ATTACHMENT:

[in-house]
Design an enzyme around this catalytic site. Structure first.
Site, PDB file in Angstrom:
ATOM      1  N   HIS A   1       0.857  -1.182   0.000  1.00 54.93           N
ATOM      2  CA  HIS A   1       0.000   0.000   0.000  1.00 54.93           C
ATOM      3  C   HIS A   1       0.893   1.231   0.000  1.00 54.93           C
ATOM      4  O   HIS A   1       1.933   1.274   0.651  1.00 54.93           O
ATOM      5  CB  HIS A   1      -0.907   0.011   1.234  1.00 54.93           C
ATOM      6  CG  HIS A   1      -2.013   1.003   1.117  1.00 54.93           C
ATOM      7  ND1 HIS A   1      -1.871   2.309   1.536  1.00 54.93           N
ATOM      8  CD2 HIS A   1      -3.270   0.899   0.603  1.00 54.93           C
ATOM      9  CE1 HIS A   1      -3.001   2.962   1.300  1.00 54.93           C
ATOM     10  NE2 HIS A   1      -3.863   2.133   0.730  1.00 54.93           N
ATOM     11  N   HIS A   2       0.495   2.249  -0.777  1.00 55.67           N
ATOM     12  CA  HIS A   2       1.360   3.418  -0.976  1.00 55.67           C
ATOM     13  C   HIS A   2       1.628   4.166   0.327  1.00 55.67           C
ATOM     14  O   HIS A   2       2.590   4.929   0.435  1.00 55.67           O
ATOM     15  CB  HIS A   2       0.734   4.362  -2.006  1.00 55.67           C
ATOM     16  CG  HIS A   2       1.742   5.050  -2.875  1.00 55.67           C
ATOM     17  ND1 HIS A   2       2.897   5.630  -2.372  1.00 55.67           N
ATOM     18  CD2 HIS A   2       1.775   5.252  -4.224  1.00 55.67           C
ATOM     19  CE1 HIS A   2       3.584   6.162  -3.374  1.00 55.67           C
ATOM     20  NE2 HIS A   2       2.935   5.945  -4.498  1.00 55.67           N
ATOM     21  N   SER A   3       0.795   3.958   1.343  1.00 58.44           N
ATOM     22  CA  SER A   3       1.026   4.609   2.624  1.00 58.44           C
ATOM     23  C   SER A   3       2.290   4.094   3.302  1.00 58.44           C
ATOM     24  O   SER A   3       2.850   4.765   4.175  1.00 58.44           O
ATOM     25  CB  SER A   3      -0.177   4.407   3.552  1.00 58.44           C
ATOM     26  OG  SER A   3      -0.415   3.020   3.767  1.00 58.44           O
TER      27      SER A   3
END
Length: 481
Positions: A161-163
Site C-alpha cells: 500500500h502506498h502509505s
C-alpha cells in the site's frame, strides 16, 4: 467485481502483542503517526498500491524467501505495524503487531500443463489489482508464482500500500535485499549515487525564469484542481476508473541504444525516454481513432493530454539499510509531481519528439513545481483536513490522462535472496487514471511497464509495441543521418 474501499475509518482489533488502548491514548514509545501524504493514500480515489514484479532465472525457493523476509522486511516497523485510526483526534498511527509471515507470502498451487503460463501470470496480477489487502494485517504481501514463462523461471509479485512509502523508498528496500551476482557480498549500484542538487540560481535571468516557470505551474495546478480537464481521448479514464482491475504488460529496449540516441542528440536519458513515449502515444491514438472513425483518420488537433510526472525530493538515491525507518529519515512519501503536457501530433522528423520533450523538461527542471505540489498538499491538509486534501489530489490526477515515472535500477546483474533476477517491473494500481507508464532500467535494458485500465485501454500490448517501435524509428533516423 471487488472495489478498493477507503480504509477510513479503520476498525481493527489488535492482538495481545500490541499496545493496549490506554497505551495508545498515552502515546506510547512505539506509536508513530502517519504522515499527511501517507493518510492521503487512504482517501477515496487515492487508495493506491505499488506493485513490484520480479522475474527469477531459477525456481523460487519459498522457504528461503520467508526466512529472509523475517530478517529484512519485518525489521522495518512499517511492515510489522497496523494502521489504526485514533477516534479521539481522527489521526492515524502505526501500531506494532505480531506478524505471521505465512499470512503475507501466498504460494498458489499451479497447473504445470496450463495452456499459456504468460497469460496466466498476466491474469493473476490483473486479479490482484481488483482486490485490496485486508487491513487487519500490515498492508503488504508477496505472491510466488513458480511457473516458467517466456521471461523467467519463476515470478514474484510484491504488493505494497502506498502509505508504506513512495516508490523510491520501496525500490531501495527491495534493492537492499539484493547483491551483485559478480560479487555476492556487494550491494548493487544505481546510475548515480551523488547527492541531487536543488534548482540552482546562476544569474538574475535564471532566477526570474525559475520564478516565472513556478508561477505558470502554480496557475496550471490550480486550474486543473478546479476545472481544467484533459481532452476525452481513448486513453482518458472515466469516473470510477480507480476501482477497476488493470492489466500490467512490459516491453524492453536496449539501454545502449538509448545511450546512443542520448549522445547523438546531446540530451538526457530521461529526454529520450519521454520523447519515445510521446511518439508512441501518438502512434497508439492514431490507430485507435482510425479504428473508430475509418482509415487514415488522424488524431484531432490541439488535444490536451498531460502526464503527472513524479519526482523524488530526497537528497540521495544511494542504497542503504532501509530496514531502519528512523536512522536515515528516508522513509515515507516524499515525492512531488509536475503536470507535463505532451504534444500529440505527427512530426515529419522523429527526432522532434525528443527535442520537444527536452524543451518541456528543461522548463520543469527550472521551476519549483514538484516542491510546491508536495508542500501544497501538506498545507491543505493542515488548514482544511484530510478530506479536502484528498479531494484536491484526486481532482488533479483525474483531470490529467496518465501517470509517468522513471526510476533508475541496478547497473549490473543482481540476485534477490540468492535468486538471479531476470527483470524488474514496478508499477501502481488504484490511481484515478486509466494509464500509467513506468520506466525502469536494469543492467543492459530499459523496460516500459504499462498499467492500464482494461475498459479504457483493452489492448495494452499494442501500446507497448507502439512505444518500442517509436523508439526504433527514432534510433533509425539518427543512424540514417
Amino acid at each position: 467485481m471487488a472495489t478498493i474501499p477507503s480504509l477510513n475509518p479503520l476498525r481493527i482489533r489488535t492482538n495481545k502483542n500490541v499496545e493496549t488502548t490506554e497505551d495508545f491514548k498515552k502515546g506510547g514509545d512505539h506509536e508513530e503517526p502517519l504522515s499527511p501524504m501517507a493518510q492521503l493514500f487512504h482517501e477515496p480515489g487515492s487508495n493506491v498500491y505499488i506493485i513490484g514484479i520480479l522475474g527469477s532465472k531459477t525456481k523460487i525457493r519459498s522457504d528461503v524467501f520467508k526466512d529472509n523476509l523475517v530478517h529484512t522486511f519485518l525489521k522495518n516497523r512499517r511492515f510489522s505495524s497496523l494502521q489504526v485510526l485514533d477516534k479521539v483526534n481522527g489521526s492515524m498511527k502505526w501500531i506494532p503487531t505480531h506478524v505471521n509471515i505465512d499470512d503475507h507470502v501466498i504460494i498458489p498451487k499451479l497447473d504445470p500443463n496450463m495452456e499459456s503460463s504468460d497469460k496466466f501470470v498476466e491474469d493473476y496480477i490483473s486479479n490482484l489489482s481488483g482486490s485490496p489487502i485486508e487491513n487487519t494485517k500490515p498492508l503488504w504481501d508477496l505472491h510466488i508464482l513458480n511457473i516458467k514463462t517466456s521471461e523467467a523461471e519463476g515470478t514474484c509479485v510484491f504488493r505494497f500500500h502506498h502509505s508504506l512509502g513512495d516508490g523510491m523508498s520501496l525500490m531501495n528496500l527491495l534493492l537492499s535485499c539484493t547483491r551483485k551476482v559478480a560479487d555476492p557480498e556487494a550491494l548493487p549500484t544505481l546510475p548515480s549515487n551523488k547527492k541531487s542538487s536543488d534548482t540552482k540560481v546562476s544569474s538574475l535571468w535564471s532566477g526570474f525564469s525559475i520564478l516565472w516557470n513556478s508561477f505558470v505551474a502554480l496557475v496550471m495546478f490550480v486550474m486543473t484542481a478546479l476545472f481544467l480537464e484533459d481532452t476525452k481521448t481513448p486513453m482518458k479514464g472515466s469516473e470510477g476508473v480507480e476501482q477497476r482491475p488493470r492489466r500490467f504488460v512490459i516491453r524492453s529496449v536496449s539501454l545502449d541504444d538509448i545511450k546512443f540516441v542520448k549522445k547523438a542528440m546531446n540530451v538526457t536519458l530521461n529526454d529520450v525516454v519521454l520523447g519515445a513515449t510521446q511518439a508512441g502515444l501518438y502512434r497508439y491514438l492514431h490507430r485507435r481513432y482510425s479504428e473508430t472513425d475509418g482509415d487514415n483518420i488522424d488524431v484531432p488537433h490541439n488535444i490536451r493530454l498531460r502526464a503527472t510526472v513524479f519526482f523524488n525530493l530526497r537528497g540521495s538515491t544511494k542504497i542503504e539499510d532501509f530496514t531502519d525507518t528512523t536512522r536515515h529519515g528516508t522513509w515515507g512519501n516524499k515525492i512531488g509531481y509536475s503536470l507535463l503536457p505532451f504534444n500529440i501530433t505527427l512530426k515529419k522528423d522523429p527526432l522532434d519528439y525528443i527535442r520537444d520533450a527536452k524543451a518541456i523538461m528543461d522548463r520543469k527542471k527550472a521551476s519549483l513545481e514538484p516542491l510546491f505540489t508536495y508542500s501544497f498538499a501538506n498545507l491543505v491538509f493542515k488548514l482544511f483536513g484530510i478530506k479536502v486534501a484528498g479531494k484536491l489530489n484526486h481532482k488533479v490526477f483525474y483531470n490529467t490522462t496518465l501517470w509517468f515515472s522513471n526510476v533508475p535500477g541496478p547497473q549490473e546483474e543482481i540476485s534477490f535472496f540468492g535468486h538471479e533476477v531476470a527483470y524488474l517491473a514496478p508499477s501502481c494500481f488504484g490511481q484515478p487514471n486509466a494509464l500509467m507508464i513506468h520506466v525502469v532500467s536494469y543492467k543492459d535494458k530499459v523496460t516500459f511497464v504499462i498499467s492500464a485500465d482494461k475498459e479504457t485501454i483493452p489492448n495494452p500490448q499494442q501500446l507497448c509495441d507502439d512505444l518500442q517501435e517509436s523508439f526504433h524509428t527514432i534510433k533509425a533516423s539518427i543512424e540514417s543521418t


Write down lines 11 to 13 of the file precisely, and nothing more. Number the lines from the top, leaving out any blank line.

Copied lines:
ATOM      8  CD2 HIS A   1      -3.270   0.899   0.603  1.00 54.93           C
ATOM      9  CE1 HIS A   1      -3.001   2.962   1.300  1.00 54.93           C
ATOM     10  NE2 HIS A   1      -3.863   2.133   0.730  1.00 54.93           N